Debit sender's account
Credit recipient's account
Debit sender bank's account
Credit recipient bank's account
Interbank Settlement Service
Importantly, though, technological advances in digitization, data processing, and storage have resulted in greater availability of electronic payments including the development of real-time payments. While most electronic payments are settled on the same or next business day,15 the FinTech industry is developing a variety of real-time payment options, which has necessitated regulatory action. In fact, according to Federal Reserve Chairman Jerome Powell, "the United States is far behind other countries in terms of having real-time payments available to the general public."16 As such, the Federal Reserve in August 2019 announced FedNow "an interbank 24x7x365 real-time gross settlement service with integrated clearing functionality to support faster payments in the United States...[that] would process individual payments within seconds...[and] would incorporate clearing functionality with messages containing information required to complete end-to-end payments, such as account information for the sender and receiver, in addition to interbank settlement information."17
Despite the announcement of FedNow, the FinTech Task Force's Committee Memorandum notes that "[t]he various levels of regulatory oversight of payment systems raises concerns by private [real-time payment] system stakeholders as to whether or not the Fed can justify creating a [real-time payment] system in the presence of competing private systems. On the other hand, small banks, credit unions and others are concerned that a market dominated by a single, privately-run RTP system could behave anticompetitively."18 Additionally, the hearing also highlighted a myriad of other concerns surrounding real-time payments, including as relate to consumer fraud, cybersecurity, data privacy, and financial access and inclusion.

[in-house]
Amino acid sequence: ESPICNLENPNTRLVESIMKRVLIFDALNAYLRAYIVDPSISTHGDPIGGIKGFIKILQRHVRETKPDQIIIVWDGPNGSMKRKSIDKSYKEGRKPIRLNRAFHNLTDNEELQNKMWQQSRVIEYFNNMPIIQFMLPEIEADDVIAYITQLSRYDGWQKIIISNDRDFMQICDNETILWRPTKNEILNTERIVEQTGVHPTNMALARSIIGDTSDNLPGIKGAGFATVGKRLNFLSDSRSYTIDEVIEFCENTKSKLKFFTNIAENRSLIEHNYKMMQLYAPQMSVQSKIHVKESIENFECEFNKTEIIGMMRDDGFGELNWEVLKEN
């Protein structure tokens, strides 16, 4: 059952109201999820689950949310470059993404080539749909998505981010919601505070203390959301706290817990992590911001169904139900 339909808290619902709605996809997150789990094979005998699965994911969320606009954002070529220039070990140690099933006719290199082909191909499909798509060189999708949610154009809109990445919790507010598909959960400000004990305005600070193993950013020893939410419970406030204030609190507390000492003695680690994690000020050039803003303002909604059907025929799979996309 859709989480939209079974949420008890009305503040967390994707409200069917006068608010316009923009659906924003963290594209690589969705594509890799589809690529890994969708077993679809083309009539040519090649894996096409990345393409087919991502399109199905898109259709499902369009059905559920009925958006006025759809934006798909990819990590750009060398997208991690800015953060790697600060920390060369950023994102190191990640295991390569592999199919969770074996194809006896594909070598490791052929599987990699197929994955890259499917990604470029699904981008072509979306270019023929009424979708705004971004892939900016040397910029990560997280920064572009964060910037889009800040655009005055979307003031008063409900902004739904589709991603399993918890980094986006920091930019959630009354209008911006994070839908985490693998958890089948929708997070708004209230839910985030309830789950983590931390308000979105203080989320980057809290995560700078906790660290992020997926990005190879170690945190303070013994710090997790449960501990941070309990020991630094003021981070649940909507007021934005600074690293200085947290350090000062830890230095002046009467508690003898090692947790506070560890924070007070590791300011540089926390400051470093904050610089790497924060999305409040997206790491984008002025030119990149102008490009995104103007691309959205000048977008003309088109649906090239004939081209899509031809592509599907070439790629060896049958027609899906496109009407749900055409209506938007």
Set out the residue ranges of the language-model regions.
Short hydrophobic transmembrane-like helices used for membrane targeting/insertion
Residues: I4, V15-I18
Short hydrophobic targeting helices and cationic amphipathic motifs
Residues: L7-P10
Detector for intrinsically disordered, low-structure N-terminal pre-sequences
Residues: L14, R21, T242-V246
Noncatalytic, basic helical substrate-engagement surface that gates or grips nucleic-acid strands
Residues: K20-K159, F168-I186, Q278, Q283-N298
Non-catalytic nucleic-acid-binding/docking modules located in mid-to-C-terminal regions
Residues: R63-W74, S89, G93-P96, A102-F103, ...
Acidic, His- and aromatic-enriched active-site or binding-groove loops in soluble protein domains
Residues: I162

To address these issues, the FinTech Task Force used the hearing to consider the Payments Modernization Act of 2019 (H.R. 3951), which would require the Federal Reserve within three years of enactment to create a real-time payments system that makes funds be readily available in real time. The system would operate as a public utility and prioritize security, consumer health, and transparency; the Federal Reserve would be required to submit semiannual reports to Congress on implementation. According to the bill's lead sponsor, Representative Ayanna Pressley (D-MA):
[Too many] people...live paycheck to paycheck and cannot afford to wait days for their checks to clear...The Federal Reserve Bank has a responsibility to respond to the needs of the American public, such as establishing an inclusive and faster payments system. [This legislation] will ensure that the Federal Reserve speeds up the process of clearing payments so that all hardworking Americans can access and move their money quickly, safely, and securely 24/7/365."19
Representative Pressley formally introduced her bill on July 24, 2019. As of the time of publication, the legislation has four additional co-sponsors: Representatives Chuy Garcia (D-IL), Rashida Tlaib (D-MI), Cynthia Axne (D-IA), and Gregory Meeks (D-NY) all of whom are also members of the House Financial Services Committee. Notably, while the Senate Banking Committee has been less active on FinTech issue than its House counterpart, the Committee has considered ways to facilitate faster payments. And, while the Senate Banking Committee's September 25 hearing on real-time payments was not focused on specific legislation, it is important to note that there is a Senate companion bill (S. 2243). The legislation was introduced by Senator Chris Van Hollen (D-MD) and is co-sponsored by Senator Elizabeth Warren (D-MA).